EARLY DETECTION FOR SKIN CANCER

What is early detection or screening for a type of cancer?

Early detection or screening for a type of cancer is the process of looking for a specific type of cancer in its early stages, even before it causes any symptoms. In some types of cancer, the physician can evaluate which group of people is most at risk of developing a specific type of cancer because of their family history, because of diseases they have already had or because of habits they have, such as smoking, consuming alcohol or eating a diet rich in fats.

This is called risk factors and people who have these factors belong to a risk group. For these people, the doctor may recommend a particular test or examination for early detection of that cancer and how often this test or examination should be done. For most cancers, the earlier the cancer is diagnosed, the more likely this disease is to be fought.

What is the test for the early diagnosis of skin cancer?

Skin cancer is the most common of all cancers.  There are basically two types of skin cancer: non-melanoma, which is the most common and rarely causes death of the patient, and melanoma, which is rare, but is responsible for three of every four deaths from skin cancer .

Skin tumors usually have a long time between its appearance and its spread, allowing for the application of a test for detection at yet an early curable stage.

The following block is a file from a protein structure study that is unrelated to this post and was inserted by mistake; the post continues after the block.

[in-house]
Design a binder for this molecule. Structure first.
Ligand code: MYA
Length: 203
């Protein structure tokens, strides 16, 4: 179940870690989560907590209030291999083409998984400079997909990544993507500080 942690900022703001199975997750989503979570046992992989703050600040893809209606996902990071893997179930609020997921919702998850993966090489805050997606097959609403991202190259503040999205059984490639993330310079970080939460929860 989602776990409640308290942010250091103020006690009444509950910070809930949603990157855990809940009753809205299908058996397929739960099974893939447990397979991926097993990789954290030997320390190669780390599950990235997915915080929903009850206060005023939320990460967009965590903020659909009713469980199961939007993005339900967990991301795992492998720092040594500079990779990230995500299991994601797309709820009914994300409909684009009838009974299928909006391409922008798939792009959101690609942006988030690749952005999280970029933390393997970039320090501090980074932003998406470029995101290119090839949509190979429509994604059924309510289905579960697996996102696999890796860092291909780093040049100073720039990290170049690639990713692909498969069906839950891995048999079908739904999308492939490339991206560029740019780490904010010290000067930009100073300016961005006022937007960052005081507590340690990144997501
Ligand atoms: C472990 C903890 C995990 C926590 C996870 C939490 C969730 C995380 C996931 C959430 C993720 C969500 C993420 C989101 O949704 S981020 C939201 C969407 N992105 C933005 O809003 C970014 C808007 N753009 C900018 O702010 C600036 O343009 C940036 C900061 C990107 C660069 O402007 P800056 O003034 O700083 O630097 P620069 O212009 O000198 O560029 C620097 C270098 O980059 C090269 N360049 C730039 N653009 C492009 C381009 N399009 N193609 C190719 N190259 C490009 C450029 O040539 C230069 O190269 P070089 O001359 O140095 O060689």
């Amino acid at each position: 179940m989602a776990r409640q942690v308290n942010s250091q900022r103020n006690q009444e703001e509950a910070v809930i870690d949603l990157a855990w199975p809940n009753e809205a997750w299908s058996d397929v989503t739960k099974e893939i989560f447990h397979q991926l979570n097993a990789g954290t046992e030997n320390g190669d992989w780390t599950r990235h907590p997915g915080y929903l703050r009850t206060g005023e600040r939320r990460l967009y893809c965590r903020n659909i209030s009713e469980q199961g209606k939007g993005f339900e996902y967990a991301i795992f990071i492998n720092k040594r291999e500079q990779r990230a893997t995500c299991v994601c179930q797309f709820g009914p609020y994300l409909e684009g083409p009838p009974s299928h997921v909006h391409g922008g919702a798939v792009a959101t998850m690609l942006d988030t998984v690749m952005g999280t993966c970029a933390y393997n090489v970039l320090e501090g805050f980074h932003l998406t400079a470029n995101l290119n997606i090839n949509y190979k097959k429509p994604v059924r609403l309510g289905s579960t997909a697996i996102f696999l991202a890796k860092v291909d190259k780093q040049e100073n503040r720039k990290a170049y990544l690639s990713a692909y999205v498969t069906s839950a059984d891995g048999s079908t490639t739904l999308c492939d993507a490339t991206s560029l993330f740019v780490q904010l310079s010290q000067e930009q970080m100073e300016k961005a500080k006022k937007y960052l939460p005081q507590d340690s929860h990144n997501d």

Because skin tumors are easily seen with the naked eye (without the use of special equipment), the physical examination (looking at the skin) can diagnose early skin cancer.
 
How does the doctor do this test?

A doctor or other health-care professional looks carefully for suspicious lesions throughout the skin area of the patient's body. In this examination, the doctor includes detailed search of lesions in areas most commonly exposed to the sun, since this type of cancer is associated with excessive exposure to sun, in addition to other areas hardly seen by patients, such as the back, scalp , between the toes and soles.

Some scientific studies have shown that creating programs for routine tests to look for suspicious lesions and training the population to look for suspicious lesions, as well as seeing a physician to get an accurate diagnosis, reduces mortality rates and diseases associated with this type of cancer.

However, further research is needed to say what is the best strategy for early detection and how often these tests should be redone.

What are the most common risk factors associated with skin cancer?

Race:

Skin cancer is more common in people with fair skin and lighter hair and eyes, who are easily red when exposed to the sun and often peeling off the skin easily after sunburning.

Age:

Melanoma increases rapidly after age 20 among white people.

Personal history:

People with certain types of moles (nevi), or have Dysplastic Nevus Syndrome are more likely to develop melanoma.

History of previous illnesses:

People who have had non-melanoma skin cancer are more likely than others to develop this type of cancer.

Exposure:

People who are exposed for long periods to the sun or x-ray or ultraviolet light are more likely to develop this type of cancer.

Questions you can ask your doctor

I always took plenty of sunshine and my skin always peels off in the summer. Should  I take some special kind of test because of that?
I have already had a skin cancer in the leg and have plenty of moles. Does this make me more likely to have another cancer?

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